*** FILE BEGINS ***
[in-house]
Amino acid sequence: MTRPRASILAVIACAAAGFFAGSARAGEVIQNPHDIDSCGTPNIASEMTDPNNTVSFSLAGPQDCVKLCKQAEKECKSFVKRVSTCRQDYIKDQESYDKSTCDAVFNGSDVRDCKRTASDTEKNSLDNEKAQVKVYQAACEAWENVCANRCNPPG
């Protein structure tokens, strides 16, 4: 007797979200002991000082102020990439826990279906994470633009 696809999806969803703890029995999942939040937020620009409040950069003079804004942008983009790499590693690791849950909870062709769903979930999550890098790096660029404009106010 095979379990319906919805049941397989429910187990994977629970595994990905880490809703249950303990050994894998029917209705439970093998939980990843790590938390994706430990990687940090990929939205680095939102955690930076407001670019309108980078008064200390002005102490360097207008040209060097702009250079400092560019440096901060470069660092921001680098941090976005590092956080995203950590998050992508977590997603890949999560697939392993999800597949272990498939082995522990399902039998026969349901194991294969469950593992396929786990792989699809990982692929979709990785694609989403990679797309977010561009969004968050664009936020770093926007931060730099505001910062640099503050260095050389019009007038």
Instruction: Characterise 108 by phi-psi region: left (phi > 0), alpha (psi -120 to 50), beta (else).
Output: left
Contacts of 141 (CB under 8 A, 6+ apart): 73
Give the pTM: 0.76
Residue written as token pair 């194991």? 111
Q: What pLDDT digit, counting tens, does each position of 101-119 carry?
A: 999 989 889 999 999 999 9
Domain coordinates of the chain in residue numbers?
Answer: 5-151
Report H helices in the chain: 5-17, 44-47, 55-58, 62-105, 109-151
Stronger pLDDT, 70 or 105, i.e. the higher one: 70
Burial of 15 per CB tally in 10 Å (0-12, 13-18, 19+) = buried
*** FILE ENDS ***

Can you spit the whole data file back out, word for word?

[in-house]
Amino acid sequence: MTRPRASILAVIACAAAGFFAGSARAGEVIQNPHDIDSCGTPNIASEMTDPNNTVSFSLAGPQDCVKLCKQAEKECKSFVKRVSTCRQDYIKDQESYDKSTCDAVFNGSDVRDCKRTASDTEKNSLDNEKAQVKVYQAACEAWENVCANRCNPPG
């Protein structure tokens, strides 16, 4: 007797979200002991000082102020990439826990279906994470633009 696809999806969803703890029995999942939040937020620009409040950069003079804004942008983009790499590693690791849950909870062709769903979930999550890098790096660029404009106010 095979379990319906919805049941397989429910187990994977629970595994990905880490809703249950303990050994894998029917209705439970093998939980990843790590938390994706430990990687940090990929939205680095939102955690930076407001670019309108980078008064200390002005102490360097207008040209060097702009250079400092560019440096901060470069660092921001680098941090976005590092956080995203950590998050992508977590997603890949999560697939392993999800597949272990498939082995522990399902039998026969349901194991294969469950593992396929786990792989699809990982692929979709990785694609989403990679797309977010561009969004968050664009936020770093926007931060730099505001910062640099503050260095050389019009007038």
Instruction: Characterise 108 by phi-psi region: left (phi > 0), alpha (psi -120 to 50), beta (else).
Output: left
Contacts of 141 (CB under 8 A, 6+ apart): 73
Give the pTM: 0.76
Residue written as token pair 């194991």? 111
Q: What pLDDT digit, counting tens, does each position of 101-119 carry?
A: 999 989 889 999 999 999 9
Domain coordinates of the chain in residue numbers?
Answer: 5-151
Report H helices in the chain: 5-17, 44-47, 55-58, 62-105, 109-151
Stronger pLDDT, 70 or 105, i.e. the higher one: 70
Burial of 15 per CB tally in 10 Å (0-12, 13-18, 19+) = buried